What bike is best for King Alfred’s Way and other questions
King Alfred’s Way is a wonderfully diverse route in terms of landscape. Between the Roman road singletrack tunnels out of Winchester, the tank roads of Salisbury Plain, the chalky ruts of the Ridgeway, the sandy heaths and woodland of the Surrey Hills and the steep, flinty roller coaster trails of the South Downs Way, there’s certainly no ‘standard’ surface.
Add all the back roads and cycle paths in between and you might be wondering what bikes will work best and what kit, clothes and food should you take for a safe and enjoyable time.
What’s the best bike to ride King Alfred’s Way?
A modern gravel/adventure/hybrid bike with 40-50mm tyres is ideal for this route and it’s what we used for the recce ourselves. Obviously that covers a huge range of cycling’s latest favourite bike type, from sturdy steel to super-light carbon and relaxed to racy handling.
In general that’s enough tyre cushioning, protection and traction to cope with the rougher sections, without too much drag on the easy bits. Plenty of thorny bushes and sharp stones make punctures likely, though, so we’d really recommend running tubeless tyres with extra sealant.
Drop bars on gravel/adventure bikes will sneak through the tight bushes better than MTB bars and tuck you out of any headwinds waiting on the wide open plains or ridges of the route. Flat bars on hybrid bikes will catch more wind and shrubs but will give a more upright, relaxed riding position.
Unless you’ve got really low gears expect to push some of the steeper, rougher climbs, especially if you’re loaded, and be careful on some of the descents too.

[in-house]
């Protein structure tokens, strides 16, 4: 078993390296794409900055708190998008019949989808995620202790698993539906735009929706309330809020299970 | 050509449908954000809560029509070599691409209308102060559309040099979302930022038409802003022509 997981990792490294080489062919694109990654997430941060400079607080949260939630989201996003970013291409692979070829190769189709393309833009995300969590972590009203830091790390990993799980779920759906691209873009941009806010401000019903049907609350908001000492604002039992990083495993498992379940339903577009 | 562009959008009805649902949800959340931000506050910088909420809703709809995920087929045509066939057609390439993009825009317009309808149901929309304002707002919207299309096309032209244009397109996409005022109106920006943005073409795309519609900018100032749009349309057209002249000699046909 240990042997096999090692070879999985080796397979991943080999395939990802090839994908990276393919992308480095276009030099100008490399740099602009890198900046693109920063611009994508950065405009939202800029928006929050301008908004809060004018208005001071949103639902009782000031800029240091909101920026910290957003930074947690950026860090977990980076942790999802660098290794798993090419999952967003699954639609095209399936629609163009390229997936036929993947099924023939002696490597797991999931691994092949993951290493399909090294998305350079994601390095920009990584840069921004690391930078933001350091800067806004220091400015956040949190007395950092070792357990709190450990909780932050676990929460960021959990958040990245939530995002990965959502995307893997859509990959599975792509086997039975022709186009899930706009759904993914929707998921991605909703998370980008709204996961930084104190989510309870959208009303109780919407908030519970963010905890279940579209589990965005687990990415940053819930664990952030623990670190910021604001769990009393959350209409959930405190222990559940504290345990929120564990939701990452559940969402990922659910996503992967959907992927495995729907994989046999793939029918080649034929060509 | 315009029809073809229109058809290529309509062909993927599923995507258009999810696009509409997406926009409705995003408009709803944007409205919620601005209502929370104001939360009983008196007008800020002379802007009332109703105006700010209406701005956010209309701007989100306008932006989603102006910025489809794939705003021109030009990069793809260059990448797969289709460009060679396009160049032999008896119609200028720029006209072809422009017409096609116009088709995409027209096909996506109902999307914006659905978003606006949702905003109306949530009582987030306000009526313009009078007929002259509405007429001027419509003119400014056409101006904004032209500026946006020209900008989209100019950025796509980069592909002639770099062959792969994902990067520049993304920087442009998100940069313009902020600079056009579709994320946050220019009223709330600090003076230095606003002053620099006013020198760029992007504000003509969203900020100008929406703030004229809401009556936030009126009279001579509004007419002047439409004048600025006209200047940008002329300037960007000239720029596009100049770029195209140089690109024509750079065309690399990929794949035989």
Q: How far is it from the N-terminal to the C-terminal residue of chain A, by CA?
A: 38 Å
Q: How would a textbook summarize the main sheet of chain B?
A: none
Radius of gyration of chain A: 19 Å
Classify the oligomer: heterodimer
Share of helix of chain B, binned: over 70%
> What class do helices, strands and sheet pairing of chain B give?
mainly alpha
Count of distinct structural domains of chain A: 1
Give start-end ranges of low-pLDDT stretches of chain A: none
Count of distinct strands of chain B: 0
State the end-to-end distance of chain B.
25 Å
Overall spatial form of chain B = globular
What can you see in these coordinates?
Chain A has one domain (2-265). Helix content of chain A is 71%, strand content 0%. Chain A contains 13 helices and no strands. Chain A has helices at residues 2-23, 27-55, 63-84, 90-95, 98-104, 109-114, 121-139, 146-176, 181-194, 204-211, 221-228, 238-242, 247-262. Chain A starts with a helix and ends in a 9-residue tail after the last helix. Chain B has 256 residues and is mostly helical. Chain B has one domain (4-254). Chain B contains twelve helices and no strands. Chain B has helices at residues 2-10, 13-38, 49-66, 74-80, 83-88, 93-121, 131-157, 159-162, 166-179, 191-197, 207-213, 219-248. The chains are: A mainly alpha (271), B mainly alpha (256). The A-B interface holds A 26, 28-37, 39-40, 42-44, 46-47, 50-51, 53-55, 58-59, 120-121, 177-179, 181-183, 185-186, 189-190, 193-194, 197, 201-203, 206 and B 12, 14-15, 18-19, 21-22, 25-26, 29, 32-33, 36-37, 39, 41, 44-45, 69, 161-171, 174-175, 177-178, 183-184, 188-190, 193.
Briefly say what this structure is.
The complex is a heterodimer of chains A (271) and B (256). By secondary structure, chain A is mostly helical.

Can I ride the route on a mountain bike?
With bigger, grippier tyres, a more upright position, lower gears and maybe suspension, a mountain bike will make any of King Alfred’s challenges a piece of burnt cake.
A lighter, narrow-bar, cross country-style bike will be easier on your legs and less likely to snag on shrubbery than a heavier trail bike. However, if you’re wanting to add in the extra ‘fun loops’ at Queen Elizabeth Country Park or Rogate B1ke Park then they’re worth the extra drag on the roads.
I’m a tourer at heart and don’t mind a bit of the rough stuff, would my trusty touring bike cope?
The route is do-able on a touring bike – or even the latest fatter-tyred road bikes – but if you’re on narrow 28-32mm tyres expect to nurse them through the rockier sections and sink or slip more in any mud and sand than you would on fatter rubber. That’ll be even more of a concern if you’re heavily loaded.
If you’re on wider 26in or 650B tyres, though, you’ll bowl along fine and all the drop bar advantages we’ve mentioned for gravel bikes still apply here.
How about an e-bike – are there enough charging points to make it possible?
With lots of potential stopping/recharging points very close to the route, just a couple of sets of ramped steps and no ‘lift over’ gates, King Alfred’s Way is definitely much more suited to e-bike use than wilder routes like the Great North Trail.
As always with e-bikes, add a safety margin of assisted range into your daily plans rather than risking being caught out with a flat battery on a far-from-flat trail. If you ask nicely, many cafés and pubs will let you top up batteries while you take a leisurely lunch, but we’d suggest ringing ahead to be sure.